Jonathan Bornstein, 25, is on the U.S. team's 23-man roster for the World Cup in South Africa.
(Elise Amendola/Associated Press)
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PHILADELPHIA – Jonathan Bornstein had a lot on his mind as he stepped onto the plane to South Africa with the rest of the United States World Cup squad.
Wayne Rooney. Playing at altitude. Lionel Messi. Crown molding. The new World Cup ball.
Hang on a minute. Crown molding?
For many of the players at this summer's World Cup, downtime involves little more than playing video games, watching television and, for the elite, totaling up their ever-increasing wealth. Bornstein is as hard-working as any national team member, and he is regularly the last man to leave the training field with both Chivas USA and the U.S. squad. Yet away from the game he has not been prepared to restrict himself to mind-numbing pursuits, having embarked upon an ambitious, long-term renovation of his home in Los Alamitos, Calif.
Bornstein purchased a dilapidated one-level house 10 minutes from the beach in early 2008, using his bonus check from the previous year's CONCACAF Gold Cup as down payment. Since then, he has invested sweat, toil and hundreds of man-hours in turning the property from a relic to a classic.
"It is an original from 1942," Bornstein said with a smile. "The plumbing was rotten and the ceiling was like popcorn, but I fell in love with it. There were parts of it that were falling apart and needed to be attacked with a sledgehammer, like the bathroom. I just got in there and started smashing away.
"It is a weird kind of thing for a soccer player, but it helps. It gives me a release when I am at home and it gives me something to think about when I need to take my mind off soccer."
Bornstein has been through his share of tribulations with his renovation project – much like his career with the U.S. national team, with which he has experienced plenty of highs and lows. Like when he pulled back the living room carpet to find a gaping hole in the hardwood floor. Or when U.S. fans turned on him at different times over the past year, using online message boards to exhort coach Bob Bradley to ditch him from the squad.
Yet when Bradley's final cut pared the USA roster to 23 players last week, Bornstein was included on the cherished list to book his place in the tournament and realize a dream.
Little suggested that Bornstein had a bright professional future ahead during a college career at Cal Poly Pomona and UCLA. In fact, it took until the fourth round of the 2006 MLS draft for him to be selected by Bob Bradley, who was then in charge of Chivas USA and still a year removed from the national team job.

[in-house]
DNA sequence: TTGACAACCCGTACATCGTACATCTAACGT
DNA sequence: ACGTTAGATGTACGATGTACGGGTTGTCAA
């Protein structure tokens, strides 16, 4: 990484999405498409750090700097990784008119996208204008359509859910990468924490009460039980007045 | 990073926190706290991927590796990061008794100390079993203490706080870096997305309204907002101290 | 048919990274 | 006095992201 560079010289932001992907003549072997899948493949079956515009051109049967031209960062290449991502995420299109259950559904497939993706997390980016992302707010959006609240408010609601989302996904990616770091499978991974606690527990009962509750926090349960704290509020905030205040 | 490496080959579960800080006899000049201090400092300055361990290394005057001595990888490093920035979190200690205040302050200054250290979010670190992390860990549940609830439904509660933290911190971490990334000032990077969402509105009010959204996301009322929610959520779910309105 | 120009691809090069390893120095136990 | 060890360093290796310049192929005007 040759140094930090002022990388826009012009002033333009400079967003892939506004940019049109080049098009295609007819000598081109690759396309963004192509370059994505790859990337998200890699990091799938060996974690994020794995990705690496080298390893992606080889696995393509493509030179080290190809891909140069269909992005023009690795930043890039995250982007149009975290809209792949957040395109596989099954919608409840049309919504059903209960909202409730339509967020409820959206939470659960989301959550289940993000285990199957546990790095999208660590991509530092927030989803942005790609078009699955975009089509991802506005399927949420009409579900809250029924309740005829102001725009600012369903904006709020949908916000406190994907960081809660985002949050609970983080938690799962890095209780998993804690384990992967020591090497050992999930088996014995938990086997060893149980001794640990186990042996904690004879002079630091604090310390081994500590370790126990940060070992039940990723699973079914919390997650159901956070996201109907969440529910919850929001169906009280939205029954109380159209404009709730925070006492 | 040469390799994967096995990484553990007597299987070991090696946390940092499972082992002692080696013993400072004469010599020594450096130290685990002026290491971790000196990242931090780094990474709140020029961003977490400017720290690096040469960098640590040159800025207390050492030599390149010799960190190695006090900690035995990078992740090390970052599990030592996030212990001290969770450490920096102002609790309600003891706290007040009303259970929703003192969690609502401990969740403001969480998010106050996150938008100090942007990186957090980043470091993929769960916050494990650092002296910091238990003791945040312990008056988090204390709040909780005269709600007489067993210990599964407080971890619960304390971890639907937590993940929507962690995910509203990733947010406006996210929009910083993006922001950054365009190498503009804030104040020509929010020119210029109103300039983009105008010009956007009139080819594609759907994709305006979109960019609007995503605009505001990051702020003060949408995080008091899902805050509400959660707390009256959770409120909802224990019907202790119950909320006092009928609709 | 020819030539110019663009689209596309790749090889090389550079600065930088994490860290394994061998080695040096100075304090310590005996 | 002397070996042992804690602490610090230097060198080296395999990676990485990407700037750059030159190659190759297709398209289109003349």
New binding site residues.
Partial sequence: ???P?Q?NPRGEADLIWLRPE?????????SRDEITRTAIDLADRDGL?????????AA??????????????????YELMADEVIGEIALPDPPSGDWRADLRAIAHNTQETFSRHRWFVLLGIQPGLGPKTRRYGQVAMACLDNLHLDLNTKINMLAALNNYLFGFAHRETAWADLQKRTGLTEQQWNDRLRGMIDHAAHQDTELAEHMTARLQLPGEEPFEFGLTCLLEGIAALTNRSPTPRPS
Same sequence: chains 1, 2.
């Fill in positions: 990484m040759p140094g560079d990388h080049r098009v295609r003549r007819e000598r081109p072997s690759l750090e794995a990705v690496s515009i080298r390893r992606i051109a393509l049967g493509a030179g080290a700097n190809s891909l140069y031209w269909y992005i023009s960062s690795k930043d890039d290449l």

Bradley turned Bornstein into a left back after a career spent in attack and gave him the belief to flourish. Bornstein won the MLS Rookie of the Year award, then broke into the national team setup.
The 25-year-old Bornstein attracts more criticism than any other USA player, but he has enjoyed some notable highlights, like scoring the tying goal in the final game of World Cup qualifying at home against Costa Rica. The equalizer knocked the Costa Ricans out and allowed Honduras to claim CONCACAF's last bid to South Africa.
Friends of Bornstein say there has been no change in his personality over the years, and they expect none however he fares at the World Cup. With such traits, you can see why Bradley likes having him around.
"This has been a dream of mine ever since I can remember," Bornstein said. "Just the idea of playing in the World Cup is enough to give me the chills.
"I can play better. I can contribute more. It has been special to be a part of qualifying but I know there is more I can offer this team."
"He fits in well with the group," Bradley said. "When you have a squad of players, it is good to have different characters. That is always going to happen. Some are going to be the jokers, some are going to be a bit more hyperactive, and some are just kind of going to get along with everybody."
It was left unspoken but it was clear Bradley sees Bornstein as the latter and has a soft spot for a player who he has seen reach unexpected heights.
But there is no complacency. "There is a lot more hard work to be done," Bornstein admitted.
Does his mean work on his game or on his house?
"I meant on my game, but the house, too," he said, laughing. "But the house needs to wait for a while. I'm going to be busy this summer."